A measure to ban the Minnesota State Lottery from offering games online and selling instant-play tickets at gas station pumps and ATMs has become law, but the games will likely continue for several months.
The Legislature passed the measure scaling back the lottery’s authority to sell such games, saying the State Lottery overstepped its authority by expanding gambling without specific signoff from lawmakers.
Gov. Mark Dayton, a supporter of lottery expansion because of its contributions to the state general fund--$139 million last year—vetoed a similar measure passed during the 2014 legislative session. This year, citing overwhelming legislative support, he decided to let it become law without his signature.
"I continue to believe limiting the Lottery's ability to continue these initiatives will result in less funding for education, transportation, parks, hunting and fishing programs, and programs to protect and preserve our environment," Dayton said in a letter to Senate President Sandy Pappas, DFL-St. Paul. "However, I note that the bill again passed both bodies of the legislature by overwhelming majorities."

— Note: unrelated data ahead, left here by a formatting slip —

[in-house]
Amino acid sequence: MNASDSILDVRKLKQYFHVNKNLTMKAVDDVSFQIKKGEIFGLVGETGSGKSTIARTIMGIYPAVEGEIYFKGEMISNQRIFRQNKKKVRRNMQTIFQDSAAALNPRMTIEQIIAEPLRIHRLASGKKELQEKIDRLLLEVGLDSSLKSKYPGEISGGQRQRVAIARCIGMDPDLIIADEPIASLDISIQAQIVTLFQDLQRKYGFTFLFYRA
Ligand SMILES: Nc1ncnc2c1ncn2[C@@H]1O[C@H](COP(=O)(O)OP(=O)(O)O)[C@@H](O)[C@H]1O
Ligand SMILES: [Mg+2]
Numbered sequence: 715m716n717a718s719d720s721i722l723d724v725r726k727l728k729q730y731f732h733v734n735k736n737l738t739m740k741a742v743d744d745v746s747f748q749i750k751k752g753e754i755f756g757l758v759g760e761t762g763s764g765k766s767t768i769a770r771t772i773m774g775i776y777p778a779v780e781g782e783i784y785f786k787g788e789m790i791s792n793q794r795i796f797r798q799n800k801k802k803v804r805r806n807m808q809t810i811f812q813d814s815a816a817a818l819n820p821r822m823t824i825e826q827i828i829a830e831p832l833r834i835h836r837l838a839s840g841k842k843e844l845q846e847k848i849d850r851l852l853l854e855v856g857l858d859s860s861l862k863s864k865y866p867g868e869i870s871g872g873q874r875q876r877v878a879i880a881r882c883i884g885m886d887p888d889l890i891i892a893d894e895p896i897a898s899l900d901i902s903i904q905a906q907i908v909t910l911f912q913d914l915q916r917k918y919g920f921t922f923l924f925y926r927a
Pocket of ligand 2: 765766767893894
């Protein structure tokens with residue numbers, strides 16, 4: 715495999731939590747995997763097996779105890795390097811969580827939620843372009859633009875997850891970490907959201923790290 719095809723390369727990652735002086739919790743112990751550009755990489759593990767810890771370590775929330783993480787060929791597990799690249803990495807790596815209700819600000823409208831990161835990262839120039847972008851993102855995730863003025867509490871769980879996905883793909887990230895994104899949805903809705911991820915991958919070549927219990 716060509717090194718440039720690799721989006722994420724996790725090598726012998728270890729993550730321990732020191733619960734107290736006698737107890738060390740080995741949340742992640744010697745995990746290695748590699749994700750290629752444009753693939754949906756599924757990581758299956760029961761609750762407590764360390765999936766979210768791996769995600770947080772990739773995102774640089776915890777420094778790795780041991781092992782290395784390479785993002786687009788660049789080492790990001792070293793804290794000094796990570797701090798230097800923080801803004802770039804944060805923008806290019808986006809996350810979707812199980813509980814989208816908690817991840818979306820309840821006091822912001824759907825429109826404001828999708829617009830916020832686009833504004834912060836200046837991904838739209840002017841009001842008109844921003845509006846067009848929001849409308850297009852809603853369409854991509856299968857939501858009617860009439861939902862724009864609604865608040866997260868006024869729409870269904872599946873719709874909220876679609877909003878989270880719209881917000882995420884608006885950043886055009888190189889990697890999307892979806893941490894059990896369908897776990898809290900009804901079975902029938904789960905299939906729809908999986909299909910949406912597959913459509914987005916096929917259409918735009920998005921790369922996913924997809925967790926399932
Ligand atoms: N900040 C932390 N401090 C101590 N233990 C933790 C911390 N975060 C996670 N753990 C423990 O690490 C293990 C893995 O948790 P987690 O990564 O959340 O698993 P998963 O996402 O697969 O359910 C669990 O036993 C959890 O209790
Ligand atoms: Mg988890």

But don’t expect the games to go dark just yet. The provision passed is effective 130 days after final enactment, meaning the State Lottery has a little over six months to provide notice to vendors.
“During that time we can technically still continue,” said Chris Kwapick, Legislative Liaison for the State Lottery. In the meantime, the State Lottery will have to prematurely end contracts with vendors, who say that may seek millions in compensatory claims, according to a cost analysis by Minnesota Management and Budget. Kwapick said the State Lottery is looking into the logistics of taking down the online sales website and notifying retailers, but also determining how to proceed with vendors and contracts that were previously signed.
Kwapick said that if the games are shut down before the six-month deadline, players will be kept up to speed.
“We don’t have a firm end date, but we’re going to try and keep our players and the public aware of whatever decisions are made and what has to be done,” Kwapick said.